We have had an extraordinarily colorful fall. The eye candy hanging up in the trees are falling as I type and will soon leave (verb) the deciduous trees bare with leaves (noun) covering the ground. With some attention from you, those leaves will stay away from the street, curb, storm drain and landfill. There are soo many reasons to leave or relocate our leaves and never ever burn them.

They are not "waste" and as such ought not be treated in a deleterious manner. Did you know that in our very own Jackson County we have a leaf exchange program? They offer a terrific networking service to rescue unwanted leaves and match them up with people who want to provide a better home. It's not unlike our wonderful Jackson County Animal Shelter, but for leaves.

This simple and effective program has been serving the Rogue Valley for close to a decade. If you want to add your name to their list of about 100 people that want to donate or take leaves, contact Jackson County Air Quality at 541-774-7835.

So, one reason not to "trash" your leaves is that there are people who want them. A second reason is that burning leaves pollutes our air and releases undesirable particulates into the air we breathe. The city of Ashland has in its municipal code restrictions on burning. A permit is required to pollute our air by burning, but it is limited to noxious weeds and fuels reduction only. Ideally, the leaves would stay on site and provide nutrients right where they land, in a home compost system, planting bed or as mulch.

Extra leaves can be easily corraled into an open (no cover needed) wire enclosure. The leaves break down over the winter and could become available in a few months for mulching or planting. If you have an electric leaf mulching vacuum you are ahead of the game. These devices shred the leaves as they are being sucked up and this process accelerates decomposition.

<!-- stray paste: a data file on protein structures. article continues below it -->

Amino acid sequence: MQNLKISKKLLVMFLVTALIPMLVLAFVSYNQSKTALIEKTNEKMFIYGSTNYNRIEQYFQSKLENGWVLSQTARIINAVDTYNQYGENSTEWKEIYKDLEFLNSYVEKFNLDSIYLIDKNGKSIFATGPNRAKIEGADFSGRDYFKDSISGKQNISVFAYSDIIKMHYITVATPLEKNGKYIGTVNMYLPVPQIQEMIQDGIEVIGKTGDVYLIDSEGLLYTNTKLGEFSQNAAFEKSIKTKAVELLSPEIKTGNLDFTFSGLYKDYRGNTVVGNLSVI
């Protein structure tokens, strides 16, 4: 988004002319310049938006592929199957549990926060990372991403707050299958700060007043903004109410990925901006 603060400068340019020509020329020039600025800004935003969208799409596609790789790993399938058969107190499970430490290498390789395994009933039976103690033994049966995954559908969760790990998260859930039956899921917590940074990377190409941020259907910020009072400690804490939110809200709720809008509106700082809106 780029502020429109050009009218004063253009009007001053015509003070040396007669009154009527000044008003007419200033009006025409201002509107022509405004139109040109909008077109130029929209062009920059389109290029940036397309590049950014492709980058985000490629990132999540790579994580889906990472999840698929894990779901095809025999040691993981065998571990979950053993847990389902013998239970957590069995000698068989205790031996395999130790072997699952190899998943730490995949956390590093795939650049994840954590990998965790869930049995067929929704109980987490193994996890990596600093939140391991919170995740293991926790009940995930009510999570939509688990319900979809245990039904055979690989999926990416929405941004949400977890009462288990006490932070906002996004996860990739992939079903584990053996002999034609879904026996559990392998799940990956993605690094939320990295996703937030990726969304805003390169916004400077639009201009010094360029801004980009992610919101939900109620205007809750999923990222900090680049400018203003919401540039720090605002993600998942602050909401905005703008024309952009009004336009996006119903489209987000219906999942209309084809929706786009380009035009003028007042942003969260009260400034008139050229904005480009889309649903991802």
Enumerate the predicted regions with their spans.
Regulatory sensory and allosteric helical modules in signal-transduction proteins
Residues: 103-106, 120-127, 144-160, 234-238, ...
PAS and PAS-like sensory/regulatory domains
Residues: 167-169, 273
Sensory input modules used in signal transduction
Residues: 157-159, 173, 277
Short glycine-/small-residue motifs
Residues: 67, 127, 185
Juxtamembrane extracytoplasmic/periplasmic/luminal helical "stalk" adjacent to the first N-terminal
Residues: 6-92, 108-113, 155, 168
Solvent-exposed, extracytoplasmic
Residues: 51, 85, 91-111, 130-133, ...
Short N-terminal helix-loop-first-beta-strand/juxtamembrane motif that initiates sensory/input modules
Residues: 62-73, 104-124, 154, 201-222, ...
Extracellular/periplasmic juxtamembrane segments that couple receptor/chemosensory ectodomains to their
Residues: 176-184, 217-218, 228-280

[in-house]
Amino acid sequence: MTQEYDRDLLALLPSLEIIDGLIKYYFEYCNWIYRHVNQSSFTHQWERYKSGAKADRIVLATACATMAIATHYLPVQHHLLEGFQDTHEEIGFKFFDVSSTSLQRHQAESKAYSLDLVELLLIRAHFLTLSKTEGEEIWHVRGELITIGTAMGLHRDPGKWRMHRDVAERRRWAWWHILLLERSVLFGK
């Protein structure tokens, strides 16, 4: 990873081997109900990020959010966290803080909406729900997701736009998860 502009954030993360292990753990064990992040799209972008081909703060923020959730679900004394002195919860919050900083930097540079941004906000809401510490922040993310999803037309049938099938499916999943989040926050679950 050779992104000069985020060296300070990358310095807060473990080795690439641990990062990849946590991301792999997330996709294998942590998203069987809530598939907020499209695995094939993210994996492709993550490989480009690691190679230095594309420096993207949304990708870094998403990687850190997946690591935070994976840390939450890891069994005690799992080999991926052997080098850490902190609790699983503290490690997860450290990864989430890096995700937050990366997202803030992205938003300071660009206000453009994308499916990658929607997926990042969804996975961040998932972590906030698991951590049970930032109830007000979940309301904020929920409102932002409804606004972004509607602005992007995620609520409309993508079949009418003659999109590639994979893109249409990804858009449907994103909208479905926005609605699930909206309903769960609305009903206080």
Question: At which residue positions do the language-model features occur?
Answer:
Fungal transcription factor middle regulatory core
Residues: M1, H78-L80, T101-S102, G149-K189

Some residents have been misinformed and think that blowing their leaves into the street or along the curb is permissible. It's true that the city's street cleaner goes down many Ashland streets and picks up "trash." The program is geared toward picking up actual trash. When these leaves get discarded into the street, they are not composted. They are transported to the landfill with the other material collected along the curb.

The other impact of leaves left to fend for themselves in the street is that they pile up and when it rains the leaves are pushed down the street. They cluster at the storm drain, get clogged up and flood the street. This is costly for the city and is paid for by its residents. There are better ways to use our limited resources and better ways to treat our abundance of leaves.

Recology Ashland (recologyashland.com) offers some options with a couple of free leaf drops days in Ashland and Talent, pre-paid leaf bags for curbside pickup and also a year-round yard debris cart.

It may have surprised you to learn that there are several options available for leaf abundance. The hope is that with all of these choices, there will be at least one that fits your needs. Keeping leaves out of the storm drain and diverted where they can make new soil is a "best practices" opportunity waiting for you to make it happen.

You may have a neighbor who would jump for joy to offer a new home for your leaves.

If all else fails, call the Jackson County Leaf exchange and add your name to the list. One neighbor's discard is another's treasure.

—Risa Buck has served on the Ashland Conservation Commission and in waste prevention education for more than a decade. You may reach her through betling@dailytidings.com. Find past WasteNot columns online at bit.ly/rbwastenot.